I don’t know what other people do on vacation. I just feel the heart and soul of a place is in the food. I travel to markets, sit in restaurants, take notes on the preparations. To me, that’s how to relax. And now, I am in my personal cuisine capital, Provence and the Cote d’Azur, South of France. Last night, I ordered traditional spaghetti pistou. Provencal pistou is nothing like pesto; it lacks nuts, and is tarnished rust red with sundried tomatoes. I walked away breathing garlic like a highly seasoned dragon, and could think of nothing to quench it but oreillettes, little bits of flat fried dough covered in powdered sugar. And then I thought: in case anyone else loves the food of the South of France as much as I do, I will log it all in a little eat-along. Here is my first
entry in my Papiers Provence:
The sweet man that we rented our apartment from commanded us only to buy fruits and vegetables off the side of the road. Unorthodox, perhaps, but brilliant, as it turns out. On our way out of town today, we stumbled upon a little stand. Wine for 2.50, three artichokes for 1.50. Cheap, and very cheerful. I was ecstatic to find fresh fava beans and the Provencal signature zucchini flowers–and, of course, my currants, which I hoard when I am in France like a squirrel keeping a stash of little rubied nuts.
Dejeuner in La Cadiere d’Azur
When we drove up the clif to La Cadiere d’Azur, we were stupified. This, we exclaimed, is what we had been looking for all along: something tiny, authentic, and impossible to find. A little secret tucked away, a jewel in box. We arrived just as everything was closing for lunch, so we perched in a little outdoor, imaginative restaurant called La Chaise Bleue. It was the best meal we’ve had so far. Alain had filets of monkfish blanketed in a creamy sauce spiked with Marsala. Maman had fresh from the sea Dorade, simply grilled, head and all, punctuated by bites of charred zucchini. And as for me, it was calamari, tossed with olive oil, parsley, and chili, and grilled, served with grilled slices of golden potato. And we all shared a goat cheese salad done three ways: it was melted onto baguette, stuffed and baked into tomatoes, and chilled with herbs and rolled into eggplant. My mother, in her ecstasy, swore it was a “symphony.” It’s not my word, but it will do. All this we ate on a tiny, stone-house lined mainstreet that hung off the side of a cliff, overlooking a valley of vineyards, where it really seemed to be a world on its own. The man at the next table put it most eloquently, “Le temps s’arrete.”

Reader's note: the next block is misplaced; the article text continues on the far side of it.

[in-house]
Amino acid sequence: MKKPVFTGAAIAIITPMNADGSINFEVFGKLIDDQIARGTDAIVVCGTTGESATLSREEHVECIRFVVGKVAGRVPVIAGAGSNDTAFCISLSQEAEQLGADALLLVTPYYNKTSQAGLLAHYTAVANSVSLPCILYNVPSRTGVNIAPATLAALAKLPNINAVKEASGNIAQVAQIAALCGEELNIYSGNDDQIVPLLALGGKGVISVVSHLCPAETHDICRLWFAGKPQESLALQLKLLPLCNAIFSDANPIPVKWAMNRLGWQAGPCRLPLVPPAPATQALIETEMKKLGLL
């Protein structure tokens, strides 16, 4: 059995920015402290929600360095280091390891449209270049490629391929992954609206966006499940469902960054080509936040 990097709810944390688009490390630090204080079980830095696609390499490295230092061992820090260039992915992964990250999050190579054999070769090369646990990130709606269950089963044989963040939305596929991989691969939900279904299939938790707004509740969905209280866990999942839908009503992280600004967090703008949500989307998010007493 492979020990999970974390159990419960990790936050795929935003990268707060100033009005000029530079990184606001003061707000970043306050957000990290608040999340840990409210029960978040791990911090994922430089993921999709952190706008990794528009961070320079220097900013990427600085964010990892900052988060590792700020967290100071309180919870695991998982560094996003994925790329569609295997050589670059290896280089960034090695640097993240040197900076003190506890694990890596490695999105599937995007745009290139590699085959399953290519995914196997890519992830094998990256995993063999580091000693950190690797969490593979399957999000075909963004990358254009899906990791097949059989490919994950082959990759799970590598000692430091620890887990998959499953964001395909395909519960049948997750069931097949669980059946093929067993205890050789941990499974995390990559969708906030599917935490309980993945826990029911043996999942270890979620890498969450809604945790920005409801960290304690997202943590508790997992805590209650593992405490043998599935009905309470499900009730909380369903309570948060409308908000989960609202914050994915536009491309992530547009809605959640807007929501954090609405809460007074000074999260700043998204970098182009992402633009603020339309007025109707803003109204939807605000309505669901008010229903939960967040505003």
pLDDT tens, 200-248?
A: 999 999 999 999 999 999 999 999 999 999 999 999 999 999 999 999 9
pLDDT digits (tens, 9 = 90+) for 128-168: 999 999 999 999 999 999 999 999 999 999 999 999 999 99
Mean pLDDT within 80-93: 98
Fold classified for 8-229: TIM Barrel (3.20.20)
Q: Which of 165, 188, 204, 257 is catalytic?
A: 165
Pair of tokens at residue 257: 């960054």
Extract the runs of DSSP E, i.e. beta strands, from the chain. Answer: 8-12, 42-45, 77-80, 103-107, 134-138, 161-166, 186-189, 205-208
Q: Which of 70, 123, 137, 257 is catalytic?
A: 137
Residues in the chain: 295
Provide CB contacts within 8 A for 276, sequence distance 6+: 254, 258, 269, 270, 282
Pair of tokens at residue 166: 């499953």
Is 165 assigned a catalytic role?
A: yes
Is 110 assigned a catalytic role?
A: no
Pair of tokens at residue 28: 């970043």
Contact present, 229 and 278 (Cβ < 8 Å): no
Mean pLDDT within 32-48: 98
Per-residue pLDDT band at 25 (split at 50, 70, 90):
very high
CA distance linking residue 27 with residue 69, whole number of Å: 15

After that kind of an afternoon, you can scarcely imagine ever eating again. We opted to doll up some of our farmstand finds, and I got to work in the kitchen. The vegetables were cheap, but cheerfully vibrant, assertive in their colors and flavors that unfortunately my American supermarket finds rare are at twice the price.